• PA Consulting, owned by US firm Jacobs Engineering, has advised the ICB on its long term financial planning (pdf pp 90-91) but this is not shown in the spending reports. The company is accredited for 18 HSSF topics, and Jacobs has 61 violations in the US.
  • Deloitte supplies unspecified Programme Wide Projects to the ICB. Accredited for 23 HSSF topics, it has 13 violations in the UK and 25 in the US, most involving accounting fraud or deficiencies. In 2018, Deloitte agreed to pay the US $149.5m arising from its role as the independent outside auditor of a failed originator of mortgage loans insured by the Federal Housing Administration.
  • The Public Consulting Group UK is accredited for 10 HSSF topics, including “Organisational redesign, governance, payment and contract reform”. Their work for the ICB involves personal health budgets. In September, the US parent company (Public Consulting Group) paid the federal government $2.5m to resolve accusations that PCG caused local school districts to submit claims that were not covered by Medicaid.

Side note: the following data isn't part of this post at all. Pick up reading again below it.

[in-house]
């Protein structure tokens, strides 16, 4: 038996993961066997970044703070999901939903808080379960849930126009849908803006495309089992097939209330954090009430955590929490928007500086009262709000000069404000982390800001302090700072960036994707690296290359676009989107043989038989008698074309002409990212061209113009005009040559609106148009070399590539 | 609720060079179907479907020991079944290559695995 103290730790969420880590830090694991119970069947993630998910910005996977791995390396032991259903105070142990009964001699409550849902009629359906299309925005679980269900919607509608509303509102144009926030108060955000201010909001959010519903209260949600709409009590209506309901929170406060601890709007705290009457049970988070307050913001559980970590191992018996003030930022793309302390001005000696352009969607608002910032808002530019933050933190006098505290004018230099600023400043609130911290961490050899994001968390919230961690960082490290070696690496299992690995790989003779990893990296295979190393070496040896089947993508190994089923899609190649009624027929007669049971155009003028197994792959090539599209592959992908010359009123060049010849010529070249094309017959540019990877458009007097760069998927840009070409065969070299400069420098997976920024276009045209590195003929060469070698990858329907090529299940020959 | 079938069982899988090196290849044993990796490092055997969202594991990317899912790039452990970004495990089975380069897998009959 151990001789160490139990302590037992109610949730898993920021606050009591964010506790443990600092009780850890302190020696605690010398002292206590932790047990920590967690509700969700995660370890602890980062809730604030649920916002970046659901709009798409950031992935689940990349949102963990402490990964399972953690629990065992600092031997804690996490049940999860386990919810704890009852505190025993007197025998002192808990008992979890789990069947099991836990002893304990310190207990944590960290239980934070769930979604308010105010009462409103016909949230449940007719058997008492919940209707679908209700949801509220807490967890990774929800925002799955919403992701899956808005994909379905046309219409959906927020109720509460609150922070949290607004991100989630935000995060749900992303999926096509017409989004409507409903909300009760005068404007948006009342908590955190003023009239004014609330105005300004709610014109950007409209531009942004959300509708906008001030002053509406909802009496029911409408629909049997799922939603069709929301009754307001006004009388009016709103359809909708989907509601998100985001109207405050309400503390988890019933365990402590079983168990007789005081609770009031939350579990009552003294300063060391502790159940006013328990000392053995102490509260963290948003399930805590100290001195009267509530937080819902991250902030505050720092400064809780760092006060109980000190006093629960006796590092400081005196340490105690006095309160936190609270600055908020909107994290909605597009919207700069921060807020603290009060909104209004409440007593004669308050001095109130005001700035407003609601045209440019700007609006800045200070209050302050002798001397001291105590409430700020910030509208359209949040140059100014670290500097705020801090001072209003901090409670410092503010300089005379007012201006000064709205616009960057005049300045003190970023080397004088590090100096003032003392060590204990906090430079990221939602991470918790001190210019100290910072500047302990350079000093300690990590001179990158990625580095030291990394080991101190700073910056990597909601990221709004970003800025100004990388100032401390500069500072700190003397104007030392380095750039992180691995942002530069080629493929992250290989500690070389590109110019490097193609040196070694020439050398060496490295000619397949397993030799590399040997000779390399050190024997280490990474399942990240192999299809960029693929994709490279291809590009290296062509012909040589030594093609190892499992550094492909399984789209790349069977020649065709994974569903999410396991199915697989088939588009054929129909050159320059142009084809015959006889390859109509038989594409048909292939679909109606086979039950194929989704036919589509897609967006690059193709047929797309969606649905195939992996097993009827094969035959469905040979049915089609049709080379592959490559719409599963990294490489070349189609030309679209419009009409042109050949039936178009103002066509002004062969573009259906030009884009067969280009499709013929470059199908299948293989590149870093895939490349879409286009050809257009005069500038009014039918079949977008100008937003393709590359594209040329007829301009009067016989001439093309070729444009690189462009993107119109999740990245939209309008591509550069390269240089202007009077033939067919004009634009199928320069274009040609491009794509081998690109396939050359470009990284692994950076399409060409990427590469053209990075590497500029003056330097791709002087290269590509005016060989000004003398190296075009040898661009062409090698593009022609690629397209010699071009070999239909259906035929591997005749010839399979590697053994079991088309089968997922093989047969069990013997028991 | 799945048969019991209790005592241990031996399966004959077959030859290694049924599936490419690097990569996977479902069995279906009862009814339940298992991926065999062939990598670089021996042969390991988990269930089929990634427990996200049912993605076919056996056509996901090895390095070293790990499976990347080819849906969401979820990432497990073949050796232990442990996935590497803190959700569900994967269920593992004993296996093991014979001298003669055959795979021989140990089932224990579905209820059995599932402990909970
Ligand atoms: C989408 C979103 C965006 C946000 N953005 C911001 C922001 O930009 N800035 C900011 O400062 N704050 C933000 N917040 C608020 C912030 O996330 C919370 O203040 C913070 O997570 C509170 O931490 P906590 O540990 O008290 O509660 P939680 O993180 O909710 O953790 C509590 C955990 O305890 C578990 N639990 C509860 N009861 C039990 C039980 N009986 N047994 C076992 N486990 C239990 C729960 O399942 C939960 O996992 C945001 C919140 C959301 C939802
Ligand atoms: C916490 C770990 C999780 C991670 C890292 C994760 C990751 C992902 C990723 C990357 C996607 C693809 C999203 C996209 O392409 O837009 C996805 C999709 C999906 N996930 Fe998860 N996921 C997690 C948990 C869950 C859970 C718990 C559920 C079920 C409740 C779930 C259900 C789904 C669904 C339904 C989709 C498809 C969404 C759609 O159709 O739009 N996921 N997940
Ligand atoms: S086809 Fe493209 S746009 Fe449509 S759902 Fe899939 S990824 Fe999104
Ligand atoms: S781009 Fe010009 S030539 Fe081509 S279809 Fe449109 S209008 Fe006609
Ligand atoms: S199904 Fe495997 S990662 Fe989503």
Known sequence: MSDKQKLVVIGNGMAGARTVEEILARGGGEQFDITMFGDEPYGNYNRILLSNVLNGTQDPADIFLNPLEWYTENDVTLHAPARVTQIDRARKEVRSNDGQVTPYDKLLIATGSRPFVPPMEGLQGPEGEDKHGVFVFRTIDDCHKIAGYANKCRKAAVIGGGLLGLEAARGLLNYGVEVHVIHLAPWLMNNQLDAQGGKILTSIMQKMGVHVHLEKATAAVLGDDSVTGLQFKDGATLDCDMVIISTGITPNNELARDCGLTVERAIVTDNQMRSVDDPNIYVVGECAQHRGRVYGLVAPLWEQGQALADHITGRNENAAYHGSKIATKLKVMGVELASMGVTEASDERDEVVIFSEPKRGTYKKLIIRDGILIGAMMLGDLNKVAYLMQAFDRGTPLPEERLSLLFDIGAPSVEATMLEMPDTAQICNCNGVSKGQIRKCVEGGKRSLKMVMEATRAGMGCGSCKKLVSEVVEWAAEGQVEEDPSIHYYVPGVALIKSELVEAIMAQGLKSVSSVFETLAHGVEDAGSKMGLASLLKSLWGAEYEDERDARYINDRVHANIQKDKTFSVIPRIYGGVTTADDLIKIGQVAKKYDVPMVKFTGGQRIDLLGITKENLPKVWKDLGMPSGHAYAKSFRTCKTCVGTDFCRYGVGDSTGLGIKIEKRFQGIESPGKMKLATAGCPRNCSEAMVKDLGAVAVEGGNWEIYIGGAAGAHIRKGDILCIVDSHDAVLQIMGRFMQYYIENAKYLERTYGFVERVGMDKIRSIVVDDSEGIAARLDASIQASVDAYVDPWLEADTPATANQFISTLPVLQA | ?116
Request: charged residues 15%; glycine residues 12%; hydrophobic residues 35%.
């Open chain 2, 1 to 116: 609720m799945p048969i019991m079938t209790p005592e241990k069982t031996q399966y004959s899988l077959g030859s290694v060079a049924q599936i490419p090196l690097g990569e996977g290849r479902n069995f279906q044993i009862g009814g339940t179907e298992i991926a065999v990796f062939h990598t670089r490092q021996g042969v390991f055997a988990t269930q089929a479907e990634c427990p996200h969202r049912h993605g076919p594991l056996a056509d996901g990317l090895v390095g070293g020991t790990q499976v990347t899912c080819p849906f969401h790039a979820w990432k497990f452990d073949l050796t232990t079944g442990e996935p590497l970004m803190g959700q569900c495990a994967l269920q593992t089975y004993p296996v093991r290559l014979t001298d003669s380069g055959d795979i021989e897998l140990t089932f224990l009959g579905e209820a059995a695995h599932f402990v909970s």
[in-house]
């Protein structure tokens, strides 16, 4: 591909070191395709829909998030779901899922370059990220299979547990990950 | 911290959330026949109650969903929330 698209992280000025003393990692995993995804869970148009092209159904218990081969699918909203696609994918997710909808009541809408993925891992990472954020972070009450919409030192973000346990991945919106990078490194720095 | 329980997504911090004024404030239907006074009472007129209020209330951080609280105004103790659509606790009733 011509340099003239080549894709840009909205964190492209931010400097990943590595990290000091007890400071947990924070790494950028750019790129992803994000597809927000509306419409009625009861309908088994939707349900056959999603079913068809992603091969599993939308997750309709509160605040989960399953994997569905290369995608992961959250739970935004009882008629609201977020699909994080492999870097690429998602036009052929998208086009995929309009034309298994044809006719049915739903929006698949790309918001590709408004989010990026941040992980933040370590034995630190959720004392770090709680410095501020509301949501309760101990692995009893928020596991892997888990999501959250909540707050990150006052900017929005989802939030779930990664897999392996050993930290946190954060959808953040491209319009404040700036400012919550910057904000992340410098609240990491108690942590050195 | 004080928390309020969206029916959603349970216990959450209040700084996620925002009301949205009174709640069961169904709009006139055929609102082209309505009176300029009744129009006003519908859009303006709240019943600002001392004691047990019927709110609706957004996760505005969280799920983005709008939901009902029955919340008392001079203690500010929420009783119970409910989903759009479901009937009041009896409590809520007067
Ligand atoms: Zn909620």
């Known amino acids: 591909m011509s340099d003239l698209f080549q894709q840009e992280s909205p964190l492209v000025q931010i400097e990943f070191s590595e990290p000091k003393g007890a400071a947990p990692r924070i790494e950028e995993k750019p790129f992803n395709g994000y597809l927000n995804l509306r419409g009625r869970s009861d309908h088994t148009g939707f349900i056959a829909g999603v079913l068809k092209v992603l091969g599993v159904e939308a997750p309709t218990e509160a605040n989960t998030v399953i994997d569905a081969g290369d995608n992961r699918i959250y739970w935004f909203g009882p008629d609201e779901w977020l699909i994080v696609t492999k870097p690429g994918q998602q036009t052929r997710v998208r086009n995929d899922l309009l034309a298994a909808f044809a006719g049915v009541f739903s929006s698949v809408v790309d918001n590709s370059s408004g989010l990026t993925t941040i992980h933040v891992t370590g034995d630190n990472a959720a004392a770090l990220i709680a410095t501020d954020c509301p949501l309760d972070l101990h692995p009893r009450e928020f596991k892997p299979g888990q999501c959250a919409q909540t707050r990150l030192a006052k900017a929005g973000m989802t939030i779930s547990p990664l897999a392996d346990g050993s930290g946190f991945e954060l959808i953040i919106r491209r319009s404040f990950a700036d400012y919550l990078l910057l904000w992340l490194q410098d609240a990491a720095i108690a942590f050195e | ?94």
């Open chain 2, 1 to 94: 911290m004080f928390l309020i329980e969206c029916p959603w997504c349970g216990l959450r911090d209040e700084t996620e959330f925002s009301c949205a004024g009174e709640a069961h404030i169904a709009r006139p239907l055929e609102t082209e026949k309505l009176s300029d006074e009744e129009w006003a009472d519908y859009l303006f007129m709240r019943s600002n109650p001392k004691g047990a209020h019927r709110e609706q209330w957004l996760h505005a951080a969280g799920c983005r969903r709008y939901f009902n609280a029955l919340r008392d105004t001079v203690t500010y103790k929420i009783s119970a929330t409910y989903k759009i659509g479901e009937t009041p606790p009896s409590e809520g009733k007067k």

• Carnall Farrar has carried out a Liverpool Clinical Services Review (pdf p144 ff) which recommended “an ICB-led service change programme” for Liverpool Women’s Hospital which may involve moving services out of Toxteth, despite strong public opposition. Carnall Farrar are accredited for 14 HSSF topics including “Development of Service Change and reconfiguration proposals”. As the ICB acknowledged, the HSSF was used to appoint Carnall Farrar as “the procurement timeline could be reduced as the Providers are in essence ‘pre-approved’”.